As the world begins to see a light at the end of the COVID-19 tunnel, healthcare leaders have begun strategizing on how to take the lessons learned and apply them to a post-pandemic environment.
“What we really want to be able to do is leverage many of those learnings that we garnered from this experience and really institutionalize those in the health system as we move forward, and how we reimagine clinical discovery, clinical development and even commercialization of drug therapies as much more of an ecosystem in our world today,” Christopher Boone, VP and global head of health economics and research outcomes at Abbvie, said yesterday at HIMSS’ Accelerate Health event.
As someone with an extensive background in clinical drug research and development, the expanding use of real-world data was top of mind for Boone’s keynote presentation.
This kind of data is any information gathered outside of the clinical trial setting and used across the life cycle of drug development. It’s used to determine the feasibility of clinical trials, to recruit participants, to inform regulatory safety decisions, to lead commercialization and customer support programs, and more.
“It’s just not optimal to conduct a formal randomized clinical trial for a population that is so small, so we rely heavily on the use of real-world data and real-world evidence to really understand the benefits and risks of all drug therapies,” he said.
Within recent history, the use of real-world evidence has been broadly pushed forward, from regulations like the 21st Century CURES Act to advancements in the availability and analytical capabilities of that data.
But this progress alone isn’t enough to generate the type of change desperately needed in the healthcare system today, according to Boone.
He cited statistics in the clinical trial space that exemplify its lacking diversity and efficiency. For example, between 1997 and 2014, the number of ethnic minorities in clinical trials increased only slightly (about 7%), according to Nature.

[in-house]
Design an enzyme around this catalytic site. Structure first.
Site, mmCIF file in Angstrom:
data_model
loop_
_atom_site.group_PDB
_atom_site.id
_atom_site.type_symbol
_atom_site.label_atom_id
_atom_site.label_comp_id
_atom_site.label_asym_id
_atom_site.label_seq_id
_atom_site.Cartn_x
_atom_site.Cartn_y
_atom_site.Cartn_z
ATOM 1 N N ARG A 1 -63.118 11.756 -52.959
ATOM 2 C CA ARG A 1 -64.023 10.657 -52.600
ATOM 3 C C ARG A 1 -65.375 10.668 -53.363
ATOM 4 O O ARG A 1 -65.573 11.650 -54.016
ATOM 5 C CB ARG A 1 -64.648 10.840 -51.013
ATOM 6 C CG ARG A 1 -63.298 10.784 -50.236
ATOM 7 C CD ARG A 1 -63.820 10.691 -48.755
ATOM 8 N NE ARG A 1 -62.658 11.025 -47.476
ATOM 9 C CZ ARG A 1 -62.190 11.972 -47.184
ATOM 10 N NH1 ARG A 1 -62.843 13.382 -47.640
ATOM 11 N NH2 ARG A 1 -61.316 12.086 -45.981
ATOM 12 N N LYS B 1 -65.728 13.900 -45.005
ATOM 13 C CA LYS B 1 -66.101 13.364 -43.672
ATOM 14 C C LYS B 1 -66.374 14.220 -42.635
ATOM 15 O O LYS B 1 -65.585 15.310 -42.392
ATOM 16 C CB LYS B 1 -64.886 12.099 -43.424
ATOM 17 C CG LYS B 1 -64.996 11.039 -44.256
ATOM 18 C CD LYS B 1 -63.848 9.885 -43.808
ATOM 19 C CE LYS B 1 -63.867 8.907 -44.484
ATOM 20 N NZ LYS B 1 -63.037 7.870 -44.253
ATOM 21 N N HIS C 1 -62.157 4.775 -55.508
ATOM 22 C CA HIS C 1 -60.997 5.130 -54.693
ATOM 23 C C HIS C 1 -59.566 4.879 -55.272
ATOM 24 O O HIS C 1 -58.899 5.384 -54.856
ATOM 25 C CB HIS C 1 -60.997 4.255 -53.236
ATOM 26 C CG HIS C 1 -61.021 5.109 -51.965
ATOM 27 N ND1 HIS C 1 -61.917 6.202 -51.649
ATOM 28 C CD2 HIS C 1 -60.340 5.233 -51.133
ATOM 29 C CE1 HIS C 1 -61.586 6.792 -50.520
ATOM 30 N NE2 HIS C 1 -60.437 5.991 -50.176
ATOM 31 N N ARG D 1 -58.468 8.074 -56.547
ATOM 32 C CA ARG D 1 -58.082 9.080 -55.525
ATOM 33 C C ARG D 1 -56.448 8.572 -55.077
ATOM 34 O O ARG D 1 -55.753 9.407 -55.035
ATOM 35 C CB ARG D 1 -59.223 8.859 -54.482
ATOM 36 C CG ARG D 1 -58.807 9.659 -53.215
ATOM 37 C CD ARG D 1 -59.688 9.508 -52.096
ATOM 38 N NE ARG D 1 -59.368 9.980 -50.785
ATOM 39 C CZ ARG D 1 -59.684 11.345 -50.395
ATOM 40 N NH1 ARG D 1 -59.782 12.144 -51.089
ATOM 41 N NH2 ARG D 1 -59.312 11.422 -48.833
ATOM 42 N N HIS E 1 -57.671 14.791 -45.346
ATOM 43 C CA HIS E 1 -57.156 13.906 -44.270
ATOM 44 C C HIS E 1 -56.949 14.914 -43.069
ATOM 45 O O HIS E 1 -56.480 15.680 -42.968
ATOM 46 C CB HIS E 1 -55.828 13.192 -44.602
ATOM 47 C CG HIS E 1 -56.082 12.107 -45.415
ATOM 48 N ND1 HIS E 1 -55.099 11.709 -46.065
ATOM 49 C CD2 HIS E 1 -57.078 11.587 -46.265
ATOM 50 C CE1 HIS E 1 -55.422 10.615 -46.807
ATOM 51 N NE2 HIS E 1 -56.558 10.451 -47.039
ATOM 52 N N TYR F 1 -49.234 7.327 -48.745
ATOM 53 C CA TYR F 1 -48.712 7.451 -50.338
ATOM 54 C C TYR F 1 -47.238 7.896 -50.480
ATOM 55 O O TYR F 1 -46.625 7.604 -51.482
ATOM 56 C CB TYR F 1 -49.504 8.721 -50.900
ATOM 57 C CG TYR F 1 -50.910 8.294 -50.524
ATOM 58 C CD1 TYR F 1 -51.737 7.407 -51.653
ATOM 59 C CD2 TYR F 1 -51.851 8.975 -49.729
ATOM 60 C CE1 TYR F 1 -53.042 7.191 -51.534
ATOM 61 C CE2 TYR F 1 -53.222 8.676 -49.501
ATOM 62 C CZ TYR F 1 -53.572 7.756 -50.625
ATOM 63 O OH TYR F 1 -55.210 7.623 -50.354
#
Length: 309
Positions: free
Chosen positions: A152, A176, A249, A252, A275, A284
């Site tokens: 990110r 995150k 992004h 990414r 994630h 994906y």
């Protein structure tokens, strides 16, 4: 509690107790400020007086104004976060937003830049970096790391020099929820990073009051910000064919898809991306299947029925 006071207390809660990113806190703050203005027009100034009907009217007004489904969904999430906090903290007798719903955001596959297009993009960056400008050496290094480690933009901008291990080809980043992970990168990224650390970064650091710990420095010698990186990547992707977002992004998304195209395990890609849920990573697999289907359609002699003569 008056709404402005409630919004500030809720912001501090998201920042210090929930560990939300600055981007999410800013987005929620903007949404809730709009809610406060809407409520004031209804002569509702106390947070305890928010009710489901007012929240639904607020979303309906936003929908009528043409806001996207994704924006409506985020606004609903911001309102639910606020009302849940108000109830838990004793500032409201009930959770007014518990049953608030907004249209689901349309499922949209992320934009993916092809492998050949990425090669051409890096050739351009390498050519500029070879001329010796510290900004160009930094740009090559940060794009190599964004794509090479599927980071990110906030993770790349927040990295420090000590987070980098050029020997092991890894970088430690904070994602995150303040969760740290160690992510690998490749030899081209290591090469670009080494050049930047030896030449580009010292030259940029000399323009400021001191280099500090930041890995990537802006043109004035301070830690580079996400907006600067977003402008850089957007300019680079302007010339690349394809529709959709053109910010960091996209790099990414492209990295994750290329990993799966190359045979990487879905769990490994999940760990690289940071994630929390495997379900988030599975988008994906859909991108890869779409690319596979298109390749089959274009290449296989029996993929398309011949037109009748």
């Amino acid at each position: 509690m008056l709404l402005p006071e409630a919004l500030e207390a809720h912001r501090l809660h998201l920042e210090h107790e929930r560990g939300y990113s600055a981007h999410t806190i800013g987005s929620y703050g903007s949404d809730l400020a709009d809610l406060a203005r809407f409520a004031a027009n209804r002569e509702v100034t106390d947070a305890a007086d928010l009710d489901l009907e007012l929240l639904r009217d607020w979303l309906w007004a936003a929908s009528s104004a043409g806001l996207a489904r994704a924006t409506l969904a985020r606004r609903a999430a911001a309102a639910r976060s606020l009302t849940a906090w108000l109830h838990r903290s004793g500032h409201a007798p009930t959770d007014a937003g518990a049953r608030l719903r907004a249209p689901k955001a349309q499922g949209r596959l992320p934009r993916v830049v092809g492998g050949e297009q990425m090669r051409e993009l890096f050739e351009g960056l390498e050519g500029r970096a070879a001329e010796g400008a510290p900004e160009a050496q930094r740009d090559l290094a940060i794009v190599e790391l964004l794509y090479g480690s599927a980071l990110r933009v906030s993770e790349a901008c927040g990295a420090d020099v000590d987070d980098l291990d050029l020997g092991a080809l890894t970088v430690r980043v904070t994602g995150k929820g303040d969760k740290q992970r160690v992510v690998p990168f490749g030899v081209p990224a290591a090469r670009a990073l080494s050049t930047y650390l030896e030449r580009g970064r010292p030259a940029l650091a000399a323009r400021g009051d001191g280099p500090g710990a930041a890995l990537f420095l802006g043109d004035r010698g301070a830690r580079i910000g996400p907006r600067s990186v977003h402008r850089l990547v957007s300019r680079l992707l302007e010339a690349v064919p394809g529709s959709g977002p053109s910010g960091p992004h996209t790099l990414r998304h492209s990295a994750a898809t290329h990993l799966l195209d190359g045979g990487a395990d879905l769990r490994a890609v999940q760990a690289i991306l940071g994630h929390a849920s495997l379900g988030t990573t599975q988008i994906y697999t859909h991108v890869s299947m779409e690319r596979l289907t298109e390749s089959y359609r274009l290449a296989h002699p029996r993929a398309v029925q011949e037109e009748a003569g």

What’s more, it takes an average of 12 years and costs about $2.6 billion to develop a drug from start to finish, according to Alzheimer’s & Dementia.
For Boone, the future lies in moving away from using big data solely in the context of patient care to seeing how it can be used to understand the quality, safety and effectiveness of therapies in a real-world context. To do this, the often siloed sectors of the industry will need to form new models of collaboration, he said.
“I think that, as we start to really embark on this journey of what does it mean to really improve the patient experience [and] what does it really mean to advance precision health, we have to think about it in terms of what does it look like from a cross-sector partnership perspective, and what are some of the more effective ways to ensure that all parties are getting what they need.”
For that hope to become a reality, healthcare stakeholders need to take three strategic steps, according to Boone.
- Establish a shared vision and agenda for clinical practice and development focused on the issues of all communities, especially those facing health disparities.
- Develop a joint plan of action that addresses systemic racism, inequalities, social determinants and diversity.
- Invest in foundational data analytic capabilities such as curation, tagging, linking and searching to allow for public health surveillance.
“We have to find ways to better understand the needs of each other to better foster a world of trust and transparency in hopes that we can really build this learning healthcare system of more cross-sector partnerships that will enable better science, better clinical care. ... Ultimately what we hope is faster, and better, and cheaper clinical discovery and development efforts of drug therapies," he said.
“I’m very confident that we can get to that place. I’m very confident that we can integrate this philosophy, and these changes, and this game plan. I’m hopeful that we will get there sooner rather than later.”